A typical day of my research begins with a run in Riverside Park. Although not inherently connected to my work, I find this helps me focus through the rest of the day as I continue my work. As I settle into my dorm, the library, or any place I find myself at work that day, I always begin ensuring I am up to date on the literature I will be pursuing that day. From here, I quickly transition to the nuts and bolts of course development. From sourcing data and figures, to figuring out ways of presenting material, the rest of my day usually aligns along these lines. While not flashy, I have come to learn that developing a course is, at times, about effort and work. While it doesn’t always appear complex, the simple lessons and ideas presented in classroom are more often than not highly researched, sourced and articulated. A typical day for me has not only been about developing this backbone but learning the structure behind it.

Go to the profile of Roberta Hannah
2 months ago

Hey Avi! I definitely relate. I didn't realize how much thinking goes into developing a course until I had to do it. Funny enough, I didn't realize how well you had to understand the material before teaching it. When it came to making the financial literacy materials, I thought I would be fine just making budget templates and whatnot, but so much research and intention has to go into directions, instructional materials, and the handouts. Hopefully, we both can get our teaching certifications by the end of this haha, but I wish you the best.

Go to the profile of Neely McKee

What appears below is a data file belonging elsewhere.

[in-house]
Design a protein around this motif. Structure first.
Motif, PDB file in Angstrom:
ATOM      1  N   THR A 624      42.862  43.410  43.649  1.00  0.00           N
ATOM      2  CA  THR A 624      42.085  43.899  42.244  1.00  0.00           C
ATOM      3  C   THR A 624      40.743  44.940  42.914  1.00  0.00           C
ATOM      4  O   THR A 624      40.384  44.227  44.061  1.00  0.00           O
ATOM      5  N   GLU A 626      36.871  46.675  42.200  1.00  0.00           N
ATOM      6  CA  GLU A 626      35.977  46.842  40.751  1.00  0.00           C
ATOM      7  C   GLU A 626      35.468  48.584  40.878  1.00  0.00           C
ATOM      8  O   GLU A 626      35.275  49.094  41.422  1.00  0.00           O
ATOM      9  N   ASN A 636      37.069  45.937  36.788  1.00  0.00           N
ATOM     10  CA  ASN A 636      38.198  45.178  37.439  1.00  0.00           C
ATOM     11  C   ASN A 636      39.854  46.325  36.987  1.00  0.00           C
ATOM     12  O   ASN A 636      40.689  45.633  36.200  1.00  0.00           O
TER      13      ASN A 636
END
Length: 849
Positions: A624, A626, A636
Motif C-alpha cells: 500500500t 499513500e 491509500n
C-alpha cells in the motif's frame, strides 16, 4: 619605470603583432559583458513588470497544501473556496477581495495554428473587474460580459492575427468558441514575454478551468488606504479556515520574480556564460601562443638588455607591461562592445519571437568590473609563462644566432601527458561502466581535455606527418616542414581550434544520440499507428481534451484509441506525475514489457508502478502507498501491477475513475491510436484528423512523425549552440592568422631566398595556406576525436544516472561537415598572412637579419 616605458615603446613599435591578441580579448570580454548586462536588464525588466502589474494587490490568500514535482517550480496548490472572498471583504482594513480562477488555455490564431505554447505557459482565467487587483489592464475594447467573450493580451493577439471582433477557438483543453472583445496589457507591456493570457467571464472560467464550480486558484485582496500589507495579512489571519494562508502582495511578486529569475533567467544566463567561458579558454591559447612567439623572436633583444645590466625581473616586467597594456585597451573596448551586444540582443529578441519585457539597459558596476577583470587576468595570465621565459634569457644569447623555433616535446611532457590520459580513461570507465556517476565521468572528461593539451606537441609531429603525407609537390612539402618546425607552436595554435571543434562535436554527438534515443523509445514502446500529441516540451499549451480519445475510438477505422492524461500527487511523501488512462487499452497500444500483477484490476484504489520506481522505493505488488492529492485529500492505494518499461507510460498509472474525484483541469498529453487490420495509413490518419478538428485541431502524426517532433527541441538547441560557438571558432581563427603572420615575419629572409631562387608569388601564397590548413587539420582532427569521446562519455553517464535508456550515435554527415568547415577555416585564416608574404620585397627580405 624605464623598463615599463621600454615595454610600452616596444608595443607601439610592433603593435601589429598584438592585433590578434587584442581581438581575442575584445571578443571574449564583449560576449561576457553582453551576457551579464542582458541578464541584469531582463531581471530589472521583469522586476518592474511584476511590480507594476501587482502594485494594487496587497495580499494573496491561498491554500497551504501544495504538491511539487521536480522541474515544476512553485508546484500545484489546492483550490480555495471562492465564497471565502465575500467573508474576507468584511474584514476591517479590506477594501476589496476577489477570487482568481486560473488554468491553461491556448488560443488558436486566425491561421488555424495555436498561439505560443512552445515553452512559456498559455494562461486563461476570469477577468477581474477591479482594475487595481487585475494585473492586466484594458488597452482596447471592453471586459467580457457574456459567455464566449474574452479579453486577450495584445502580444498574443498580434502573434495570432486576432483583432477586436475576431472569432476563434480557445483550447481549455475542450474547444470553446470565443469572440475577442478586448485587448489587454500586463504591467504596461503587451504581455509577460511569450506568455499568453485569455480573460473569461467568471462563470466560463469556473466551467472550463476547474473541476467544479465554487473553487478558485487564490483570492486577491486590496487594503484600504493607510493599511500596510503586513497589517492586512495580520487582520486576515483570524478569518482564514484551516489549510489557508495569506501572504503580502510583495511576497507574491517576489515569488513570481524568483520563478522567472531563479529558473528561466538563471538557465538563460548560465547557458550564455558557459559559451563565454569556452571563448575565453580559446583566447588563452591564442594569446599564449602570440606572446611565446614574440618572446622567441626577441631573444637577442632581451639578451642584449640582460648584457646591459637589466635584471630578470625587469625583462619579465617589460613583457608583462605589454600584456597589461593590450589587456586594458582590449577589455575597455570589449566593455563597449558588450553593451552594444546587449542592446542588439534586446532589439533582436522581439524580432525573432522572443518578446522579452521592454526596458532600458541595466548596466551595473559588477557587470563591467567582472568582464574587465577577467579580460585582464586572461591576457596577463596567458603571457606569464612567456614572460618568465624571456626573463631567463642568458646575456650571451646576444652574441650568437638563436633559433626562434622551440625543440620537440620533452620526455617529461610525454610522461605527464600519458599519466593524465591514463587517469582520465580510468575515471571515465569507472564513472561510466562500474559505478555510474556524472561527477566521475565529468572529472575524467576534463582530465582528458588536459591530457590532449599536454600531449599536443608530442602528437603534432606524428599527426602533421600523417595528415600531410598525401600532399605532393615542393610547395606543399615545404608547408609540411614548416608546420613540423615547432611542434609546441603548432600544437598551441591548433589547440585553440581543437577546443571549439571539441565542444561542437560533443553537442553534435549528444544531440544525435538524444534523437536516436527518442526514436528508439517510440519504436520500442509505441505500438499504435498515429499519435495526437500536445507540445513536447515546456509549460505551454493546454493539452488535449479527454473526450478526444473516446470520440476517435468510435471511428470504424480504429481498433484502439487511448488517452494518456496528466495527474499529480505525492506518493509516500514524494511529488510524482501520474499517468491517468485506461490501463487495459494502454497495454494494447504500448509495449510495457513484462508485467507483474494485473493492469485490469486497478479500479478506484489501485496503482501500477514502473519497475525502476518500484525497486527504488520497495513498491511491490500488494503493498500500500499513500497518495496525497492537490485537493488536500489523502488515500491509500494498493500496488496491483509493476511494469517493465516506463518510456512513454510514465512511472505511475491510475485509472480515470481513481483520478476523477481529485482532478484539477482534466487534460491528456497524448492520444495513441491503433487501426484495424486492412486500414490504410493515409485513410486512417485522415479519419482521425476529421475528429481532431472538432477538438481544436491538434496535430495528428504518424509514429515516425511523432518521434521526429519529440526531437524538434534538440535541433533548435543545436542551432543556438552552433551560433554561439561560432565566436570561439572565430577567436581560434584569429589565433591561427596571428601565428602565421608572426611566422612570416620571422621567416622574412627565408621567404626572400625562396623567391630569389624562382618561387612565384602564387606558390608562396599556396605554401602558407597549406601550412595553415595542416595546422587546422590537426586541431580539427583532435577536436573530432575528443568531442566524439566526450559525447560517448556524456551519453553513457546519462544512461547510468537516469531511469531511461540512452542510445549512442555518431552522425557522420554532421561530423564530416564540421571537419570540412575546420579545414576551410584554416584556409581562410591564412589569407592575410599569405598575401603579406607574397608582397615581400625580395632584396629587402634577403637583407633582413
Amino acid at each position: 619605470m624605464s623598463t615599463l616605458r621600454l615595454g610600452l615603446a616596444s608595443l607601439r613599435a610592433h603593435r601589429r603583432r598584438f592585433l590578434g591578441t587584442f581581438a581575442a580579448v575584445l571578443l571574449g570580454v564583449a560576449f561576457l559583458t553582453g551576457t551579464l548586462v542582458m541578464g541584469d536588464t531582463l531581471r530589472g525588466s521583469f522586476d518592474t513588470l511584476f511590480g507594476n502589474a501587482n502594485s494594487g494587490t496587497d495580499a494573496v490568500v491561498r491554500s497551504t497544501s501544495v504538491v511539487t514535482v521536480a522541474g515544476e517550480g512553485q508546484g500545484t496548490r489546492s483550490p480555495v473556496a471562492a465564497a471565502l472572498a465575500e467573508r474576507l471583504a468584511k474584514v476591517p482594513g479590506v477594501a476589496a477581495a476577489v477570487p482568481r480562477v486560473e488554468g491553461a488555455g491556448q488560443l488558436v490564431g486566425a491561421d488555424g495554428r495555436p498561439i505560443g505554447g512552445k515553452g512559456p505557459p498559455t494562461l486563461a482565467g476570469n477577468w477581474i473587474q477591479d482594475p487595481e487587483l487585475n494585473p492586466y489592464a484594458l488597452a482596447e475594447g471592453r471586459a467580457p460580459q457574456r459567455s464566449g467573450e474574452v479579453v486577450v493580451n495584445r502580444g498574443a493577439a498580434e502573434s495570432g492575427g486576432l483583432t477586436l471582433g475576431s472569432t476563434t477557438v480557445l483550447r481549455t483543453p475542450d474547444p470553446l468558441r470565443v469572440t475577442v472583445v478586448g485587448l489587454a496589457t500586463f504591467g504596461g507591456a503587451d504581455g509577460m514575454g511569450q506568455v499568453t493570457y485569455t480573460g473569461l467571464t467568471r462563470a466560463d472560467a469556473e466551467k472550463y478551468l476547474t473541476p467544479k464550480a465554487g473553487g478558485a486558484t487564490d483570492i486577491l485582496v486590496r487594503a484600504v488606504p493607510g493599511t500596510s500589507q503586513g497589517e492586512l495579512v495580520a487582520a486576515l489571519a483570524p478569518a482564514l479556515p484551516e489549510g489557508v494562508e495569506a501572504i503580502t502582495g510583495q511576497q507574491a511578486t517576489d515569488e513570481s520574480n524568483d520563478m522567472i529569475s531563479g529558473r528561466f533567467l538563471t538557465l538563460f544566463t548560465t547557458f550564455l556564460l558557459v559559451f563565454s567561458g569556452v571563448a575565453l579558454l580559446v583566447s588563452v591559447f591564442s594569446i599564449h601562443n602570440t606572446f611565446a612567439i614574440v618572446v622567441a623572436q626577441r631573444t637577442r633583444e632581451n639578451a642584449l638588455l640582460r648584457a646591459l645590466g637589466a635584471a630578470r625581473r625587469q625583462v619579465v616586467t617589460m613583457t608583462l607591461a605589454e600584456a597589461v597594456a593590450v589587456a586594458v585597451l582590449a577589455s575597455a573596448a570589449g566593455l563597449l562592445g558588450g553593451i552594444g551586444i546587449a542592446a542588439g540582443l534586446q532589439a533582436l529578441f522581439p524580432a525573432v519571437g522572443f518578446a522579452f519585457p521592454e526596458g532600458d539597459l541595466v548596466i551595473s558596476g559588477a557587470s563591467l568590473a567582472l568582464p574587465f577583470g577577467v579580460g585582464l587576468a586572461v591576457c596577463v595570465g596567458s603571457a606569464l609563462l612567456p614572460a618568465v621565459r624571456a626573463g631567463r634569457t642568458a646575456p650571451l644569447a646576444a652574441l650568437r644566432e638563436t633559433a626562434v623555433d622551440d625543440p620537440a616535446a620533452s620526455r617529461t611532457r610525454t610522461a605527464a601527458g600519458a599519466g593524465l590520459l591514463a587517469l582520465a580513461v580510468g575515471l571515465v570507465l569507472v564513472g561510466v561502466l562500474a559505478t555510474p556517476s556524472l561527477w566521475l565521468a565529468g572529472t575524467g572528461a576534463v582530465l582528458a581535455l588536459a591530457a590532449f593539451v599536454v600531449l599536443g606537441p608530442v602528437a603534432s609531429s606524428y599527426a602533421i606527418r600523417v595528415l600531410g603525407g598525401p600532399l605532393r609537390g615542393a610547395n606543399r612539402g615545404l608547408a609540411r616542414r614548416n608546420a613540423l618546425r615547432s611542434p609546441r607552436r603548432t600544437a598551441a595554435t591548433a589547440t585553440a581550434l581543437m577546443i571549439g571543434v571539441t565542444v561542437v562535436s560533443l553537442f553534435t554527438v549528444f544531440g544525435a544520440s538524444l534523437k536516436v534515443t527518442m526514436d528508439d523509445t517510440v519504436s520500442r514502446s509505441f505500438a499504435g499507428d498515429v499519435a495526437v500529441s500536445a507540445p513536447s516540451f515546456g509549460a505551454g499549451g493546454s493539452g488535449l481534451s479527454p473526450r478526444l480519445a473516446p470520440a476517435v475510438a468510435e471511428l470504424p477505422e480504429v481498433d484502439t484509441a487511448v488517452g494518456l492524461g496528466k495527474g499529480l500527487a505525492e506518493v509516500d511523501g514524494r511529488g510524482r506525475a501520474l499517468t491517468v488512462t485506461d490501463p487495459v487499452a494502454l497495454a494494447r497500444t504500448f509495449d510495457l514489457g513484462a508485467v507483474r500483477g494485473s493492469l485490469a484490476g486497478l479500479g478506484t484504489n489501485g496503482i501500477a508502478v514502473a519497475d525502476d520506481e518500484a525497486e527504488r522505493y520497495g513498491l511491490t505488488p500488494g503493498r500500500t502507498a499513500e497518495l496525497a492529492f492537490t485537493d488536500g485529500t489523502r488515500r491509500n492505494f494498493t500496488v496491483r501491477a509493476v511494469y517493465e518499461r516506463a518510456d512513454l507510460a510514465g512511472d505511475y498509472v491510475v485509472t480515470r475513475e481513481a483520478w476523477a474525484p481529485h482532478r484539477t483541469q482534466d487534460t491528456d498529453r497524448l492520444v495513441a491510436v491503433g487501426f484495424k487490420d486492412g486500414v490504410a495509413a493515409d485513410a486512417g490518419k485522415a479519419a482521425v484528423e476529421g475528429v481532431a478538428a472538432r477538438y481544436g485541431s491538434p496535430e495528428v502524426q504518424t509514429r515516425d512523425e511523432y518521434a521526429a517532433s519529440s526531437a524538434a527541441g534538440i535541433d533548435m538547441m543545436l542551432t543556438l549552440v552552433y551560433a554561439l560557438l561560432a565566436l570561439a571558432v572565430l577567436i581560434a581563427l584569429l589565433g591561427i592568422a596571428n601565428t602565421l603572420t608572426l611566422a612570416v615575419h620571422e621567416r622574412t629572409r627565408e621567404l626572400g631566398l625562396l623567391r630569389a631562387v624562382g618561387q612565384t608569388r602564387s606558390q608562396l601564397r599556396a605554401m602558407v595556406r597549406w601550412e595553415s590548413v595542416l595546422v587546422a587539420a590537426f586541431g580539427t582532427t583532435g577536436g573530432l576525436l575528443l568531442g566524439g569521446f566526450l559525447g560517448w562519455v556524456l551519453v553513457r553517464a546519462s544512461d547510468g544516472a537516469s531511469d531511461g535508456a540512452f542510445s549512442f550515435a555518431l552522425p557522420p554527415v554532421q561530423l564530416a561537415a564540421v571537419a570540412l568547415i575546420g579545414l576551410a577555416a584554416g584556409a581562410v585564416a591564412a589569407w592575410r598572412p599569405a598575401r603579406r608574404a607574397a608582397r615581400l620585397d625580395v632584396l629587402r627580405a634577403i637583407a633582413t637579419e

2 months ago

Week Two:

Seeing as my project mainly consists of mapping Brussels or using local geography-based data, it is interesting to examine a researcher’s personal impact upon their own conclusions. Here, how can maps—which may seem (on a surface level) quite unbiased or simple—actually reflect larger issues or biases given their creation or framing? While my data, at least in its earlier stages, is less ethnographic or qualitative, I must focus on how to respectively interact with a community I am completely new to. As I am at a university working with researchers both from the Brussels area and also very new to it, it is important to consider the relationship between academia and the communities it intends to serve. Here, I am interested to see to what degree this dynamic is different from previous work in New York. Interestingly, last night, I went to a cafe with some of my coworkers and one of them mentioned how she hosted an outreach event there for her PhD research. As I am so used to hearing about online surveys or data collection, it was nice to hear about how events like that can engage with the local community  in less formal and potentially more accessible ways. 

Given my position as an American visiting Brussels for only six weeks, I think it is important to consider my own newness to the subject matter. As I hone in on my research and potential public-facing parts of my project, I am not sure to what degree I should include myself or my position—this is an interesting question for a project like Laidlaw which can be so flexible. As I continue to immerse myself in the Brussels area and examine its built environment for my project, I am excited to see how much my own position both challenges or enhances my own conclusions as I coming from an entirely different perspective.

Go to the profile of Roberta Hannah
2 months ago